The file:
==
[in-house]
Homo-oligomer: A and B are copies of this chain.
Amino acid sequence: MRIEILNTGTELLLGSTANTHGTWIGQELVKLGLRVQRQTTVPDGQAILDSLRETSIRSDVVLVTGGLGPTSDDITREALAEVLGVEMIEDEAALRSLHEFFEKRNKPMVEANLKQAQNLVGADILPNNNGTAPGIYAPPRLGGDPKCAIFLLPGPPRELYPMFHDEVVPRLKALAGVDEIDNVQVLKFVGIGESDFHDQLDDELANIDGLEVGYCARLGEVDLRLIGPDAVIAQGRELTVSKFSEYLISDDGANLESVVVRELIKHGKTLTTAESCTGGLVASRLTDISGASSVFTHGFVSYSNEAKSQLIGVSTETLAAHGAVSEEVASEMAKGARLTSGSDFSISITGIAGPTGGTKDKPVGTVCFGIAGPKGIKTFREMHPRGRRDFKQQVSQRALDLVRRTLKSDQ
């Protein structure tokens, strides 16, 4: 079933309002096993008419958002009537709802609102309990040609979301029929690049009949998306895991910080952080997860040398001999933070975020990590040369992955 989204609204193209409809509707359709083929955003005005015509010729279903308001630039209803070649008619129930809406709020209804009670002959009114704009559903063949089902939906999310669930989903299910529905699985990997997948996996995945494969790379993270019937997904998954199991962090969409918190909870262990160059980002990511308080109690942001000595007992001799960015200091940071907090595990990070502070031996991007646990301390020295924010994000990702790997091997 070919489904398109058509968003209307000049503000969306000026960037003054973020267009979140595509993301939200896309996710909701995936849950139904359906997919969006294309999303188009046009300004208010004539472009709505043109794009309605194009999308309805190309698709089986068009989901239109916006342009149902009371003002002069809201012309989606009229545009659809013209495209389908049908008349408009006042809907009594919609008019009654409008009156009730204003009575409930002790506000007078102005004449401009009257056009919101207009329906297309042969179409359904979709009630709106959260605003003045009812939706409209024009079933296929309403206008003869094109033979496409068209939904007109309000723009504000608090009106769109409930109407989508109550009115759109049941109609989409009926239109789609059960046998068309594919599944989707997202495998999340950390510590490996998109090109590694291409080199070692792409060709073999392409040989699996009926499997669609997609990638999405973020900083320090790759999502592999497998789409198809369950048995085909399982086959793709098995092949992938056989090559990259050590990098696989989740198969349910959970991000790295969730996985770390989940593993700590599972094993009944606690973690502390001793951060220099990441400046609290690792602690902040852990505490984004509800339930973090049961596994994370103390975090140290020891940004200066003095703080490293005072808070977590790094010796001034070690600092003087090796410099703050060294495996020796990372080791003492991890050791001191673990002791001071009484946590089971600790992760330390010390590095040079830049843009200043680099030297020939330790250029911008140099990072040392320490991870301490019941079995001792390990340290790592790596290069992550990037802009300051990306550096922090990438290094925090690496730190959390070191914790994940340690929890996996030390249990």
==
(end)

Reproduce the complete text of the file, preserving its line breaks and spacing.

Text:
[in-house]
Homo-oligomer: A and B are copies of this chain.
Amino acid sequence: MRIEILNTGTELLLGSTANTHGTWIGQELVKLGLRVQRQTTVPDGQAILDSLRETSIRSDVVLVTGGLGPTSDDITREALAEVLGVEMIEDEAALRSLHEFFEKRNKPMVEANLKQAQNLVGADILPNNNGTAPGIYAPPRLGGDPKCAIFLLPGPPRELYPMFHDEVVPRLKALAGVDEIDNVQVLKFVGIGESDFHDQLDDELANIDGLEVGYCARLGEVDLRLIGPDAVIAQGRELTVSKFSEYLISDDGANLESVVVRELIKHGKTLTTAESCTGGLVASRLTDISGASSVFTHGFVSYSNEAKSQLIGVSTETLAAHGAVSEEVASEMAKGARLTSGSDFSISITGIAGPTGGTKDKPVGTVCFGIAGPKGIKTFREMHPRGRRDFKQQVSQRALDLVRRTLKSDQ
């Protein structure tokens, strides 16, 4: 079933309002096993008419958002009537709802609102309990040609979301029929690049009949998306895991910080952080997860040398001999933070975020990590040369992955 989204609204193209409809509707359709083929955003005005015509010729279903308001630039209803070649008619129930809406709020209804009670002959009114704009559903063949089902939906999310669930989903299910529905699985990997997948996996995945494969790379993270019937997904998954199991962090969409918190909870262990160059980002990511308080109690942001000595007992001799960015200091940071907090595990990070502070031996991007646990301390020295924010994000990702790997091997 070919489904398109058509968003209307000049503000969306000026960037003054973020267009979140595509993301939200896309996710909701995936849950139904359906997919969006294309999303188009046009300004208010004539472009709505043109794009309605194009999308309805190309698709089986068009989901239109916006342009149902009371003002002069809201012309989606009229545009659809013209495209389908049908008349408009006042809907009594919609008019009654409008009156009730204003009575409930002790506000007078102005004449401009009257056009919101207009329906297309042969179409359904979709009630709106959260605003003045009812939706409209024009079933296929309403206008003869094109033979496409068209939904007109309000723009504000608090009106769109409930109407989508109550009115759109049941109609989409009926239109789609059960046998068309594919599944989707997202495998999340950390510590490996998109090109590694291409080199070692792409060709073999392409040989699996009926499997669609997609990638999405973020900083320090790759999502592999497998789409198809369950048995085909399982086959793709098995092949992938056989090559990259050590990098696989989740198969349910959970991000790295969730996985770390989940593993700590599972094993009944606690973690502390001793951060220099990441400046609290690792602690902040852990505490984004509800339930973090049961596994994370103390975090140290020891940004200066003095703080490293005072808070977590790094010796001034070690600092003087090796410099703050060294495996020796990372080791003492991890050791001191673990002791001071009484946590089971600790992760330390010390590095040079830049843009200043680099030297020939330790250029911008140099990072040392320490991870301490019941079995001792390990340290790592790596290069992550990037802009300051990306550096922090990438290094925090690496730190959390070191914790994940340690929890996996030390249990």